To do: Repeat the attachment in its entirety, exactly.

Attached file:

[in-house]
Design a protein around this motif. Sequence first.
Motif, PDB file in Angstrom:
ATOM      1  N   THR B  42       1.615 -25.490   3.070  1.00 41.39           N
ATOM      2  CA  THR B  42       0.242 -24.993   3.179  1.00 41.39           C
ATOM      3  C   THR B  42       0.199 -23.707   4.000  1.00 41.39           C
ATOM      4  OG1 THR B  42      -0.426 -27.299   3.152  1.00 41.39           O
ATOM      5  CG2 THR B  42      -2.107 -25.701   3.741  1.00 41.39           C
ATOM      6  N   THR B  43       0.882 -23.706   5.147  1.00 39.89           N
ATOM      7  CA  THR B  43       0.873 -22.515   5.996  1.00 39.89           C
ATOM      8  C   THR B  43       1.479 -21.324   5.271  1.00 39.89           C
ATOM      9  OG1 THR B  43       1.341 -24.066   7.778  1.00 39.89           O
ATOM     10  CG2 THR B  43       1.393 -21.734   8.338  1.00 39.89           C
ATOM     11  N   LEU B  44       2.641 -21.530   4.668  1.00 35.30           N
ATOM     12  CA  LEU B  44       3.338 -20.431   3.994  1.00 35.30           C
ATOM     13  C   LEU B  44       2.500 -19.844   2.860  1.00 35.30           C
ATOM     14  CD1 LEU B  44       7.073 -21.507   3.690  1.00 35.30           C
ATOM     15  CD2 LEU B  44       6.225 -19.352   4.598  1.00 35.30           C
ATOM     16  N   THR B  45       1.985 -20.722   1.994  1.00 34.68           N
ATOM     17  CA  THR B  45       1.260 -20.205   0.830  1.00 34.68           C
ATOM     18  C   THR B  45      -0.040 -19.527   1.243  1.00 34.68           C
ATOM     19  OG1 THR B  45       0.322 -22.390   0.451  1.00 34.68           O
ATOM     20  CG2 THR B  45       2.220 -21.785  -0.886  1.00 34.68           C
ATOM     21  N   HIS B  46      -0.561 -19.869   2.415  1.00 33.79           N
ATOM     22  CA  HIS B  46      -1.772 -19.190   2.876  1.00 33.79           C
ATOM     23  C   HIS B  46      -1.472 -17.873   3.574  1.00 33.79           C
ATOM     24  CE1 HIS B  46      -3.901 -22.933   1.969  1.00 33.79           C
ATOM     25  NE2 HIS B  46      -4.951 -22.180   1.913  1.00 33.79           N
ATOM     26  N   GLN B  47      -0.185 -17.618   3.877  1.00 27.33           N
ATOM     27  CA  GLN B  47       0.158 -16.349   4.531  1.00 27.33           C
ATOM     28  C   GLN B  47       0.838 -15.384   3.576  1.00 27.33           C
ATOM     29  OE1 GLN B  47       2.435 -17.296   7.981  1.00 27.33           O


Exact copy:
[in-house]
Design a protein around this motif. Sequence first.
Motif, PDB file in Angstrom:
ATOM      1  N   THR B  42       1.615 -25.490   3.070  1.00 41.39           N
ATOM      2  CA  THR B  42       0.242 -24.993   3.179  1.00 41.39           C
ATOM      3  C   THR B  42       0.199 -23.707   4.000  1.00 41.39           C
ATOM      4  OG1 THR B  42      -0.426 -27.299   3.152  1.00 41.39           O
ATOM      5  CG2 THR B  42      -2.107 -25.701   3.741  1.00 41.39           C
ATOM      6  N   THR B  43       0.882 -23.706   5.147  1.00 39.89           N
ATOM      7  CA  THR B  43       0.873 -22.515   5.996  1.00 39.89           C
ATOM      8  C   THR B  43       1.479 -21.324   5.271  1.00 39.89           C
ATOM      9  OG1 THR B  43       1.341 -24.066   7.778  1.00 39.89           O
ATOM     10  CG2 THR B  43       1.393 -21.734   8.338  1.00 39.89           C
ATOM     11  N   LEU B  44       2.641 -21.530   4.668  1.00 35.30           N
ATOM     12  CA  LEU B  44       3.338 -20.431   3.994  1.00 35.30           C
ATOM     13  C   LEU B  44       2.500 -19.844   2.860  1.00 35.30           C
ATOM     14  CD1 LEU B  44       7.073 -21.507   3.690  1.00 35.30           C
ATOM     15  CD2 LEU B  44       6.225 -19.352   4.598  1.00 35.30           C
ATOM     16  N   THR B  45       1.985 -20.722   1.994  1.00 34.68           N
ATOM     17  CA  THR B  45       1.260 -20.205   0.830  1.00 34.68           C
ATOM     18  C   THR B  45      -0.040 -19.527   1.243  1.00 34.68           C
ATOM     19  OG1 THR B  45       0.322 -22.390   0.451  1.00 34.68           O
ATOM     20  CG2 THR B  45       2.220 -21.785  -0.886  1.00 34.68           C
ATOM     21  N   HIS B  46      -0.561 -19.869   2.415  1.00 33.79           N
ATOM     22  CA  HIS B  46      -1.772 -19.190   2.876  1.00 33.79           C
ATOM     23  C   HIS B  46      -1.472 -17.873   3.574  1.00 33.79           C
ATOM     24  CE1 HIS B  46      -3.901 -22.933   1.969  1.00 33.79           C
ATOM     25  NE2 HIS B  46      -4.951 -22.180   1.913  1.00 33.79           N
ATOM     26  N   GLN B  47      -0.185 -17.618   3.877  1.00 27.33           N
ATOM     27  CA  GLN B  47       0.158 -16.349   4.531  1.00 27.33           C
ATOM     28  C   GLN B  47       0.838 -15.384   3.576  1.00 27.33           C
ATOM     29  OE1 GLN B  47       2.435 -17.296   7.981  1.00 27.33           O